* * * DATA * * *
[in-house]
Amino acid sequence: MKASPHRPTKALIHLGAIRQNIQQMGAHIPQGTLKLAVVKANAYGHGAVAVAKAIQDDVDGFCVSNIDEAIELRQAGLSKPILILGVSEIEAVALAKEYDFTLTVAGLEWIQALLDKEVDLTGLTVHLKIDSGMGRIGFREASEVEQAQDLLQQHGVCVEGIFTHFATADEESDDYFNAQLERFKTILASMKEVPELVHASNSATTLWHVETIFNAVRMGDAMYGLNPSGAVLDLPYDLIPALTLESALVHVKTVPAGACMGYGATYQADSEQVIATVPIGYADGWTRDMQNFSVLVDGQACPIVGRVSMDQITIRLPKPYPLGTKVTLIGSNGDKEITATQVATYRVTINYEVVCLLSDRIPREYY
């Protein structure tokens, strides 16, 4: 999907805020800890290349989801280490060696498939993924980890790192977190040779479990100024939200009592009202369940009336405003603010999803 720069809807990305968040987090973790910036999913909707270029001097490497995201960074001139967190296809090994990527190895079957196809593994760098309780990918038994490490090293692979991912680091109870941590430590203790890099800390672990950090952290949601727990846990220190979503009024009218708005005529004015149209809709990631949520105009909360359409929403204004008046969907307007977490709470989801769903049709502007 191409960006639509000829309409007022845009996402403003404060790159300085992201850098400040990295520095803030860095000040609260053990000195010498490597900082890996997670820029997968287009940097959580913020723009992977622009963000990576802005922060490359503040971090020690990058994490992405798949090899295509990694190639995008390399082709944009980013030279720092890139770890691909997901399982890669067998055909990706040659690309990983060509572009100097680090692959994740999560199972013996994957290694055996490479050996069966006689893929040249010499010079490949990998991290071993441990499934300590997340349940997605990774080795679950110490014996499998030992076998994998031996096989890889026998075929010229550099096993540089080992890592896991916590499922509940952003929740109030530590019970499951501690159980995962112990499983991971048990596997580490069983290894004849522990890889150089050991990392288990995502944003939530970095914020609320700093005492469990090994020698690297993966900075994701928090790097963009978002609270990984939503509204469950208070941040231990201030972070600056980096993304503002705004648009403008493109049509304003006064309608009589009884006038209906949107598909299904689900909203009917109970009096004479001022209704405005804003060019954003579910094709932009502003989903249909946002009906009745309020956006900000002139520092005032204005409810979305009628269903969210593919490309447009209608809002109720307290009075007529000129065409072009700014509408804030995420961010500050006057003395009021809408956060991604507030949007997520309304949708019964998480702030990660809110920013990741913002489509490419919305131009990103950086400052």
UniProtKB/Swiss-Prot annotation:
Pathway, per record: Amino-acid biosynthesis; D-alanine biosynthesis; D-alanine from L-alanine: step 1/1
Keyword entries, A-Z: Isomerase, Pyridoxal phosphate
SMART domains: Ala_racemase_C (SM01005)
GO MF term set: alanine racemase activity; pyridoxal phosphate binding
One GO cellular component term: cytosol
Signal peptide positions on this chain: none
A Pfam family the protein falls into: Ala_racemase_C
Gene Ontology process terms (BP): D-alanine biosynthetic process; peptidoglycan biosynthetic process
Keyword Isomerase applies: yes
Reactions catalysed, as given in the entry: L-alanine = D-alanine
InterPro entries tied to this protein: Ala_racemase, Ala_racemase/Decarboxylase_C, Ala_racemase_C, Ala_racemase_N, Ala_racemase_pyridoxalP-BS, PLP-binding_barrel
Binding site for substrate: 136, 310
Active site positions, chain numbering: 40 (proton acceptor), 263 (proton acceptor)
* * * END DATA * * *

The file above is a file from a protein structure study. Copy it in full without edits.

[in-house]
Amino acid sequence: MKASPHRPTKALIHLGAIRQNIQQMGAHIPQGTLKLAVVKANAYGHGAVAVAKAIQDDVDGFCVSNIDEAIELRQAGLSKPILILGVSEIEAVALAKEYDFTLTVAGLEWIQALLDKEVDLTGLTVHLKIDSGMGRIGFREASEVEQAQDLLQQHGVCVEGIFTHFATADEESDDYFNAQLERFKTILASMKEVPELVHASNSATTLWHVETIFNAVRMGDAMYGLNPSGAVLDLPYDLIPALTLESALVHVKTVPAGACMGYGATYQADSEQVIATVPIGYADGWTRDMQNFSVLVDGQACPIVGRVSMDQITIRLPKPYPLGTKVTLIGSNGDKEITATQVATYRVTINYEVVCLLSDRIPREYY
């Protein structure tokens, strides 16, 4: 999907805020800890290349989801280490060696498939993924980890790192977190040779479990100024939200009592009202369940009336405003603010999803 720069809807990305968040987090973790910036999913909707270029001097490497995201960074001139967190296809090994990527190895079957196809593994760098309780990918038994490490090293692979991912680091109870941590430590203790890099800390672990950090952290949601727990846990220190979503009024009218708005005529004015149209809709990631949520105009909360359409929403204004008046969907307007977490709470989801769903049709502007 191409960006639509000829309409007022845009996402403003404060790159300085992201850098400040990295520095803030860095000040609260053990000195010498490597900082890996997670820029997968287009940097959580913020723009992977622009963000990576802005922060490359503040971090020690990058994490992405798949090899295509990694190639995008390399082709944009980013030279720092890139770890691909997901399982890669067998055909990706040659690309990983060509572009100097680090692959994740999560199972013996994957290694055996490479050996069966006689893929040249010499010079490949990998991290071993441990499934300590997340349940997605990774080795679950110490014996499998030992076998994998031996096989890889026998075929010229550099096993540089080992890592896991916590499922509940952003929740109030530590019970499951501690159980995962112990499983991971048990596997580490069983290894004849522990890889150089050991990392288990995502944003939530970095914020609320700093005492469990090994020698690297993966900075994701928090790097963009978002609270990984939503509204469950208070941040231990201030972070600056980096993304503002705004648009403008493109049509304003006064309608009589009884006038209906949107598909299904689900909203009917109970009096004479001022209704405005804003060019954003579910094709932009502003989903249909946002009906009745309020956006900000002139520092005032204005409810979305009628269903969210593919490309447009209608809002109720307290009075007529000129065409072009700014509408804030995420961010500050006057003395009021809408956060991604507030949007997520309304949708019964998480702030990660809110920013990741913002489509490419919305131009990103950086400052």
UniProtKB/Swiss-Prot annotation:
Pathway, per record: Amino-acid biosynthesis; D-alanine biosynthesis; D-alanine from L-alanine: step 1/1
Keyword entries, A-Z: Isomerase, Pyridoxal phosphate
SMART domains: Ala_racemase_C (SM01005)
GO MF term set: alanine racemase activity; pyridoxal phosphate binding
One GO cellular component term: cytosol
Signal peptide positions on this chain: none
A Pfam family the protein falls into: Ala_racemase_C
Gene Ontology process terms (BP): D-alanine biosynthetic process; peptidoglycan biosynthetic process
Keyword Isomerase applies: yes
Reactions catalysed, as given in the entry: L-alanine = D-alanine
InterPro entries tied to this protein: Ala_racemase, Ala_racemase/Decarboxylase_C, Ala_racemase_C, Ala_racemase_N, Ala_racemase_pyridoxalP-BS, PLP-binding_barrel
Binding site for substrate: 136, 310
Active site positions, chain numbering: 40 (proton acceptor), 263 (proton acceptor)